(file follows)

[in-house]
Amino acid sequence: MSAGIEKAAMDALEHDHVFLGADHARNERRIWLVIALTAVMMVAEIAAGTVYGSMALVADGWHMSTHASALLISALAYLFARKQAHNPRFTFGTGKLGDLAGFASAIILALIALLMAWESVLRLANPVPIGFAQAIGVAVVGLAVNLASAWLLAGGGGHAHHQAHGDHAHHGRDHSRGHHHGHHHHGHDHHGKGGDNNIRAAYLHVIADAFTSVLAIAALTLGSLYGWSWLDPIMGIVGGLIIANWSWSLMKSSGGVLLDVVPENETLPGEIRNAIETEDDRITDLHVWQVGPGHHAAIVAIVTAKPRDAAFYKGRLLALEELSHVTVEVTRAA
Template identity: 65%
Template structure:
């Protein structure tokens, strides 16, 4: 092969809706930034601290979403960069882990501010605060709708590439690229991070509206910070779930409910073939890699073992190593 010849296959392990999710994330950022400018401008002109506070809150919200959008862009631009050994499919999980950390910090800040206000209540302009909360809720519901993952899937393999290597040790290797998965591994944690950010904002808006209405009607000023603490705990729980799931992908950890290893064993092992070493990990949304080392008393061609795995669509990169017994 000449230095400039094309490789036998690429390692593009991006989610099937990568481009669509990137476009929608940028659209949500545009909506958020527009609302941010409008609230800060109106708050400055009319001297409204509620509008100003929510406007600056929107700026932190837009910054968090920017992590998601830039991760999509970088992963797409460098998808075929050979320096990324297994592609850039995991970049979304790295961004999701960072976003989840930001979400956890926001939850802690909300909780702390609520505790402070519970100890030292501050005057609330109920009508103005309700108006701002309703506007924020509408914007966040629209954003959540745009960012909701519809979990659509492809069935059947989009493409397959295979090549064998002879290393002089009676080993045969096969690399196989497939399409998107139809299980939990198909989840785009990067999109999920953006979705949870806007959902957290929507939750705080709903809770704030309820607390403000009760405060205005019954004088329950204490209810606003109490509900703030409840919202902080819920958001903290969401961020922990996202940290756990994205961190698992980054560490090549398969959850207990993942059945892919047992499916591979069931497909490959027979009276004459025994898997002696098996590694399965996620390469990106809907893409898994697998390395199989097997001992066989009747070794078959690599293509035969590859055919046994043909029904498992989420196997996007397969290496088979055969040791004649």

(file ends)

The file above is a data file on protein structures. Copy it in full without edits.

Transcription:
[in-house]
Amino acid sequence: MSAGIEKAAMDALEHDHVFLGADHARNERRIWLVIALTAVMMVAEIAAGTVYGSMALVADGWHMSTHASALLISALAYLFARKQAHNPRFTFGTGKLGDLAGFASAIILALIALLMAWESVLRLANPVPIGFAQAIGVAVVGLAVNLASAWLLAGGGGHAHHQAHGDHAHHGRDHSRGHHHGHHHHGHDHHGKGGDNNIRAAYLHVIADAFTSVLAIAALTLGSLYGWSWLDPIMGIVGGLIIANWSWSLMKSSGGVLLDVVPENETLPGEIRNAIETEDDRITDLHVWQVGPGHHAAIVAIVTAKPRDAAFYKGRLLALEELSHVTVEVTRAA
Template identity: 65%
Template structure:
């Protein structure tokens, strides 16, 4: 092969809706930034601290979403960069882990501010605060709708590439690229991070509206910070779930409910073939890699073992190593 010849296959392990999710994330950022400018401008002109506070809150919200959008862009631009050994499919999980950390910090800040206000209540302009909360809720519901993952899937393999290597040790290797998965591994944690950010904002808006209405009607000023603490705990729980799931992908950890290893064993092992070493990990949304080392008393061609795995669509990169017994 000449230095400039094309490789036998690429390692593009991006989610099937990568481009669509990137476009929608940028659209949500545009909506958020527009609302941010409008609230800060109106708050400055009319001297409204509620509008100003929510406007600056929107700026932190837009910054968090920017992590998601830039991760999509970088992963797409460098998808075929050979320096990324297994592609850039995991970049979304790295961004999701960072976003989840930001979400956890926001939850802690909300909780702390609520505790402070519970100890030292501050005057609330109920009508103005309700108006701002309703506007924020509408914007966040629209954003959540745009960012909701519809979990659509492809069935059947989009493409397959295979090549064998002879290393002089009676080993045969096969690399196989497939399409998107139809299980939990198909989840785009990067999109999920953006979705949870806007959902957290929507939750705080709903809770704030309820607390403000009760405060205005019954004088329950204490209810606003109490509900703030409840919202902080819920958001903290969401961020922990996202940290756990994205961190698992980054560490090549398969959850207990993942059945892919047992499916591979069931497909490959027979009276004459025994898997002696098996590694399965996620390469990106809907893409898994697998390395199989097997001992066989009747070794078959690599293509035969590859055919046994043909029904498992989420196997996007397969290496088979055969040791004649």